Why I Never Practice Alone


This post was originally written for Deborah Williamson’s Wild Abundant Life.  View the original post on WAL, here:  http://wildabundantlife.com/2013/07/why-i-never-practice-alone-by-contributing-blogger-rachel-gerrity/

I am a yoga teacher, and I don’t have a home yoga practice.  I feel like this is my dirty little secret.  I always imagine yoga teachers waking up early in the morning and practicing yoga for hours and hours in a silent room all alone.  Sure, I keep a yoga mat at home and even insisted that my new home have a dedicated yoga space.  But outside of unrolling my mat to try out a few sequences before I teach, I have yet to use this dedicated yoga space.

My reluctance to practice yoga at home has nothing to do with me being undisciplined – okay… maybe it has a little to do with that.  But to me yoga is about community and connection, and I simply don’t get that alone on a mat in my home.  For my yoga practice to feel complete, I need to share it with others.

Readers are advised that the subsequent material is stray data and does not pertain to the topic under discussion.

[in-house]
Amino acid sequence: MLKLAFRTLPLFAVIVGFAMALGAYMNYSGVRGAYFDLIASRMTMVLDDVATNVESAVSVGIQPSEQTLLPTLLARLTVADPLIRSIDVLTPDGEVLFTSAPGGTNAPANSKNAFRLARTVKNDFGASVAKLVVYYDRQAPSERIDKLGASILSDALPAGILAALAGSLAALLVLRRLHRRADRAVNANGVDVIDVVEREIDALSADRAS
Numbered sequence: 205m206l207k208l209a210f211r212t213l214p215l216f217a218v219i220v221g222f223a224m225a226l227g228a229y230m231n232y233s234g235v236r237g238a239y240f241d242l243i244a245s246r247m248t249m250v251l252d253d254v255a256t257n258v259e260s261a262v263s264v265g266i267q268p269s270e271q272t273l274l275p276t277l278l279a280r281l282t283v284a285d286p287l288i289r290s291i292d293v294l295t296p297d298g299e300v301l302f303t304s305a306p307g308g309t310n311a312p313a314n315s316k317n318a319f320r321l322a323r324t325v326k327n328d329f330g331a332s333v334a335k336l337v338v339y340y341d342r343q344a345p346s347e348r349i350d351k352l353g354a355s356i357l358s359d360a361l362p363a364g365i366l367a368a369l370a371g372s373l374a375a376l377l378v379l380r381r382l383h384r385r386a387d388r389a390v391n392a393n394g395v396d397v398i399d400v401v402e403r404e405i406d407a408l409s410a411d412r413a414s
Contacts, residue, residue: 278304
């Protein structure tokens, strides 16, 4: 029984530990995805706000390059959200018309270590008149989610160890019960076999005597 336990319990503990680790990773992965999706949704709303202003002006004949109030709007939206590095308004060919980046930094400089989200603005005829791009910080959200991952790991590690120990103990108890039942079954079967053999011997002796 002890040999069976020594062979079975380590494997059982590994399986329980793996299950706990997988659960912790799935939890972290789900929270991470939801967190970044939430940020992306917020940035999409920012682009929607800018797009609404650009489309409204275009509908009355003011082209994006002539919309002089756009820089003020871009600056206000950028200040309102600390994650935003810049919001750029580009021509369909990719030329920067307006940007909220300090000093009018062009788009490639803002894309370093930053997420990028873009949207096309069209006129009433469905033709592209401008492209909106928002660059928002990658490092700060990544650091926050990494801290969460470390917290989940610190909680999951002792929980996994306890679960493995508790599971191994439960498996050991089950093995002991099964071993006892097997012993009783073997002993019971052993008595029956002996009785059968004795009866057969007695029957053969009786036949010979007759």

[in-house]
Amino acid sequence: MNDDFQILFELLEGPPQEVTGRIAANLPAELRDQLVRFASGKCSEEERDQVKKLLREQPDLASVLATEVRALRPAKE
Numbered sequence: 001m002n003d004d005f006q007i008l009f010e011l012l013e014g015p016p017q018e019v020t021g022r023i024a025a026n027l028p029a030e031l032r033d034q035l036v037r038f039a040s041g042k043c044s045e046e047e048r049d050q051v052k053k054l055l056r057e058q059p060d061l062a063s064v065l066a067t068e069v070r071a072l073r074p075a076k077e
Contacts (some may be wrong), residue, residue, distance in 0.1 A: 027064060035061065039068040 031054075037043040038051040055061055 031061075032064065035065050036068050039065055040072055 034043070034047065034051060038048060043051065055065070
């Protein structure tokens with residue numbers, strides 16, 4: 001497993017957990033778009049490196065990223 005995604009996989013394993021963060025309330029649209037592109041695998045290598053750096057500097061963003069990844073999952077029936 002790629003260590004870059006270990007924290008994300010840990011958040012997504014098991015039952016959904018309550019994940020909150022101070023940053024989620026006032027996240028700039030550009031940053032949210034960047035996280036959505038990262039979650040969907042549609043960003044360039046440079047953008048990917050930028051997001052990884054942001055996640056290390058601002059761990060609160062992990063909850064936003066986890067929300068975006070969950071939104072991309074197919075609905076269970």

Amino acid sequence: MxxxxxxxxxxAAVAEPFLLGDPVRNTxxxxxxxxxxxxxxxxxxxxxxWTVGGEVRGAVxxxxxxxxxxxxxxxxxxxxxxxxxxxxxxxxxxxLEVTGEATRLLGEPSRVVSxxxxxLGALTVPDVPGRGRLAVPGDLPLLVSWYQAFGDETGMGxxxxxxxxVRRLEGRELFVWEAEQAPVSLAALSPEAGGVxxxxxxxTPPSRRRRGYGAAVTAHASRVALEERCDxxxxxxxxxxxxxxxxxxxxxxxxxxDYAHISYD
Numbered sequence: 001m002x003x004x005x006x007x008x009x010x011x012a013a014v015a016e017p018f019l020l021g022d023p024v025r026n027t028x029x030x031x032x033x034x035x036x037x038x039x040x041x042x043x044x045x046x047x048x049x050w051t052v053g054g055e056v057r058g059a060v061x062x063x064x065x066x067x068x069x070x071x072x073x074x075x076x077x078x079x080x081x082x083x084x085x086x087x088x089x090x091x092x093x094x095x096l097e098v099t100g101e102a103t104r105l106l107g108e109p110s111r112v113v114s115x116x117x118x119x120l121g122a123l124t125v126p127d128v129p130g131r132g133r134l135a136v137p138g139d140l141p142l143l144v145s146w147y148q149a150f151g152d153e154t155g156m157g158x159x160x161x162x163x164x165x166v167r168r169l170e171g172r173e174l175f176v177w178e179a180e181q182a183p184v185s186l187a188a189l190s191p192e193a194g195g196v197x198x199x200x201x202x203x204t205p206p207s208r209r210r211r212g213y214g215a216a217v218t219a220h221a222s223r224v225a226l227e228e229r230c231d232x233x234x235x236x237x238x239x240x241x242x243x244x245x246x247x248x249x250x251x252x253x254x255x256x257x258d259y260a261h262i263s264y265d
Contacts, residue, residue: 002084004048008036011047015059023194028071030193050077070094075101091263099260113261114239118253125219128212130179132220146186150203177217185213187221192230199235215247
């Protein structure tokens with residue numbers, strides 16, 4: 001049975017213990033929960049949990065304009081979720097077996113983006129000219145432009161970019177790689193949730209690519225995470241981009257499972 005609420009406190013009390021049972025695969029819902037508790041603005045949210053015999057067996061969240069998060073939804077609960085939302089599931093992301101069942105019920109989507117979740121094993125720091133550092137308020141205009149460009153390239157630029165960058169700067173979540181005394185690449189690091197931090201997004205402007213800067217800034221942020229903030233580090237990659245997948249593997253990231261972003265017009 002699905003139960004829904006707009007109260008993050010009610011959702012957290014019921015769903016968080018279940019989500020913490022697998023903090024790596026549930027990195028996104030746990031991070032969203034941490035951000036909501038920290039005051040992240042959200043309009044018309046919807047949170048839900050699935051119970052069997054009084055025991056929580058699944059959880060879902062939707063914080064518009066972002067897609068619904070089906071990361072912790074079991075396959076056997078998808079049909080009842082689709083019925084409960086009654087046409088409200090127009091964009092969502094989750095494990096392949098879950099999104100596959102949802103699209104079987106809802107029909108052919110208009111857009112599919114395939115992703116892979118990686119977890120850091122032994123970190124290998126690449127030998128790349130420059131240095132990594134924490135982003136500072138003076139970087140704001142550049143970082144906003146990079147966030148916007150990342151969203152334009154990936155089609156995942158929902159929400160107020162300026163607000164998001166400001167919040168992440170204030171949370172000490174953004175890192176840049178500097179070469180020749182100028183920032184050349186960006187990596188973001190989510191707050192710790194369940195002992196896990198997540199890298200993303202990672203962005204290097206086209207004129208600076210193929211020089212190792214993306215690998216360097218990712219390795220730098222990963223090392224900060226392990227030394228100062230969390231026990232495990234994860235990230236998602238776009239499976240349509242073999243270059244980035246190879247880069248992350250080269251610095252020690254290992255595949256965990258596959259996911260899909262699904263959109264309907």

The most powerful moments I have had in my own yoga practice weren’t when I got into my first headstand or wheel.  It wasn’t when I finally felt like I was flying in crow rather than crashing.  Instead, my most powerful moments have been when I have been practicing in a room so crowded that my neighbor’s sweat kept dripping on my mat.  When I have heard the beautiful sound of a roomful of people inhaling and exhaling together.  When I laid is savasana next to my mom after a day-long yoga workshop.  Those have been my most powerful moments because they have been moments when I have felt true connection.

I know that for many people, yoga is a personal practice.  And I would say that it is for me as well.  Yoga is a time for me to turn inward and check-in with myself; it is a time for me to slow down and stop the constant hustle of the day.  But for me at least, this personal work is best done amongst a strong community.  Knowing that I am surrounded by others who support me gives me the strength and courage to be more vulnerable than I can be alone.

So here I am now out in the open – I am a yoga teacher without a home practice.  And although I know that I am missing out on so many of the benefits of a home practice, I also know what makes me come to my mat each day – knowing that I am connected  to something larger than just myself and that my participation in this community is meaningful to myself and my fellow yogis.


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